The deterioration of the U.S.-China relationship has now gone far beyond what we can call a trade war. U.S. President Donald Trump and his administration have expanded the rivalry from an economic battle to all-out confrontation with Beijing over military and even ideological fields.
U.S. Vice President Mike Pence's speech on Oct. 4 about China reminded me of Winston Churchill's Iron Curtain speech. While I have long thought that serious confrontation between Washington and Beijing was unavoidable, I am frankly surprised that it reached this point so swiftly.
Given the intertwined economic interests that have evolved during many years of globalization -- not just for the U.S. and China but for many countries -- it is hard to imagine that the world could once again be divided into two camps, and split by an Iron Curtain like in the Cold War era.
However, the intensified U.S.-China rivalry will eventually force Japan and other countries to take sides. In fact, the signs are already there. The new United States-Mexico-Canada Agreement, or USMCA, which replaces NAFTA, includes a crucially important clause (Article 32.10) that targets Beijing. It gives Washington a veto on Mexico or Canada if either of them intends to reach a free trade agreement with a nonmarket economy without U.S. permission. While China is not named, the clause is squarely aimed at isolating Beijing.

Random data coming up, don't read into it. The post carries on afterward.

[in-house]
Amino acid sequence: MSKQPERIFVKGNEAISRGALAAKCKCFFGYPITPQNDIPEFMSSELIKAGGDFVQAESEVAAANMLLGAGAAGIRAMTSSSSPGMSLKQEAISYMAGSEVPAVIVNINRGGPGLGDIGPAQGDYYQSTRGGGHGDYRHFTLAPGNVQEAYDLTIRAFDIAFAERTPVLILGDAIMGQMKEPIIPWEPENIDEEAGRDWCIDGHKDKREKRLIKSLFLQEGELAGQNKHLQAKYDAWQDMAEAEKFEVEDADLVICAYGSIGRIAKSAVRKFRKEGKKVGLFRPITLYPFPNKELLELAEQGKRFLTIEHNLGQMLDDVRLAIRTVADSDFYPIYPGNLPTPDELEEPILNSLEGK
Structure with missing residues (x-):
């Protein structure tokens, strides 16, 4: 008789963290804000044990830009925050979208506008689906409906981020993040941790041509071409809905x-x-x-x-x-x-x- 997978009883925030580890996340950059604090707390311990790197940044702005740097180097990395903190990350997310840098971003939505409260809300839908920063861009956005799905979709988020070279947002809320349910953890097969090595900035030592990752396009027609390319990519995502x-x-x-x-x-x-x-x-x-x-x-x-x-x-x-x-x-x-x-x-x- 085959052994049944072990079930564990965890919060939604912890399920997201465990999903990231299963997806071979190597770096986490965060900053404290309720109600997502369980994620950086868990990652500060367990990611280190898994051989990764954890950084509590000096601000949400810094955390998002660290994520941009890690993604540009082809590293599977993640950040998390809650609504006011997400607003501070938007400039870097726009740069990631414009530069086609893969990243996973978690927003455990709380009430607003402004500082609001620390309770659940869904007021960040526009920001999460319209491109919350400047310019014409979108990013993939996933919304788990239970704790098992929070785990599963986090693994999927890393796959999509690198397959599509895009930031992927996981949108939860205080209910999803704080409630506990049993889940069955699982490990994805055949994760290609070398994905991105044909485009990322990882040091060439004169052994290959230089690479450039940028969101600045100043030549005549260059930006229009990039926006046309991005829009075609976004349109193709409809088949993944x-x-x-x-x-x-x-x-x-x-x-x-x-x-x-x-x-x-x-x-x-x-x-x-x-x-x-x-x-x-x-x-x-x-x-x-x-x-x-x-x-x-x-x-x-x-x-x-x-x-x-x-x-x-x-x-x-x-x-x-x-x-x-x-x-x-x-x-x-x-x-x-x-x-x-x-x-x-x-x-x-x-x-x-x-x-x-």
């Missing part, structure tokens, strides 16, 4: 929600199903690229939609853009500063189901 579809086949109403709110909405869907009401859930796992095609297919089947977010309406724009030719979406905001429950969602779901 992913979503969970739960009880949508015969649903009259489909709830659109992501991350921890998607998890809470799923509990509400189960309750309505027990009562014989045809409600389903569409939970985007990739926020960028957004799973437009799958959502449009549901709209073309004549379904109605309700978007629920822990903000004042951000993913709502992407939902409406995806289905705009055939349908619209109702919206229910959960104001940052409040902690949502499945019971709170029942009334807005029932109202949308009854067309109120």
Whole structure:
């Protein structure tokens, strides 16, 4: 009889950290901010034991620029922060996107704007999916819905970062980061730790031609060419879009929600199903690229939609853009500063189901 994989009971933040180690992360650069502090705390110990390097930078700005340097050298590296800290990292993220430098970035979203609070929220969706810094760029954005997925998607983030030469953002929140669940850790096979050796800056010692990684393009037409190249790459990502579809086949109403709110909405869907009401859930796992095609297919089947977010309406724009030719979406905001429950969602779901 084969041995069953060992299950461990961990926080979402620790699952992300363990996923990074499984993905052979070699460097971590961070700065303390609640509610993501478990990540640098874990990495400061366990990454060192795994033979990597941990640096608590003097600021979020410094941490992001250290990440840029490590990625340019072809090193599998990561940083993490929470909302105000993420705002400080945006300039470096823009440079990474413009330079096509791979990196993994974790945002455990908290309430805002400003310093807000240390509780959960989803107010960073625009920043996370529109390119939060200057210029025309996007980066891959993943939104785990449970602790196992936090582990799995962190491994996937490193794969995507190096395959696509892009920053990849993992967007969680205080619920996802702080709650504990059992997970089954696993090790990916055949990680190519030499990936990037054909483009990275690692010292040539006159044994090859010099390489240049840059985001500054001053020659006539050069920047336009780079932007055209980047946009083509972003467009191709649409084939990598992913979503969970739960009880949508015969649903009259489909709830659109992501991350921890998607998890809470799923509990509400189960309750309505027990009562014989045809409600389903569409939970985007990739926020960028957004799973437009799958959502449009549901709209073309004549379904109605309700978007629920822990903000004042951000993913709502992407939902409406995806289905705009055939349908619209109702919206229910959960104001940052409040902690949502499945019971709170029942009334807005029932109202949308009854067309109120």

Likewise, Washington will certainly ask for a similar clause in its trade negotiations with Japan, the European Union or any other nations. They too will be likely forced to choose between the U.S. and China,
Pence's speech solved one of my longtime puzzles. That is, could this trade war have been ended through early negotiations at the beginning? The answer, now, is clearly no. The gap is too big to bridge between what Trump expects to achieve via a trade war and what president Xi Jinping could possibly concede.
It appears that the Trump administration's real aim was always a total transformation of China's economy. Any compromise Xi could make would have been in vain.
Speaking in Washington, Pence called on Beijing to "return to the spirit of reform and opening that characterizes the beginning of the relationship (between the U.S. and China) decades ago," combined with the simultaneous opening of the Chinese economy to the same level as the U.S's. Given China's current political and economic situation, such a request is obviously all but impossible for Beijing.
While the possibility of ending the trade war seems unlikely for the time being, it does not mean the current impasse between Beijing and Washington will last forever. In other words, the current deadlock over the trade war will be eventually broken. Therefore, it is important to find the keys that may open up the deadlock and so try to foresee the direction of the conflict.
One possible key that may affect the Trump administration's approach to China is U.S. domestic politics.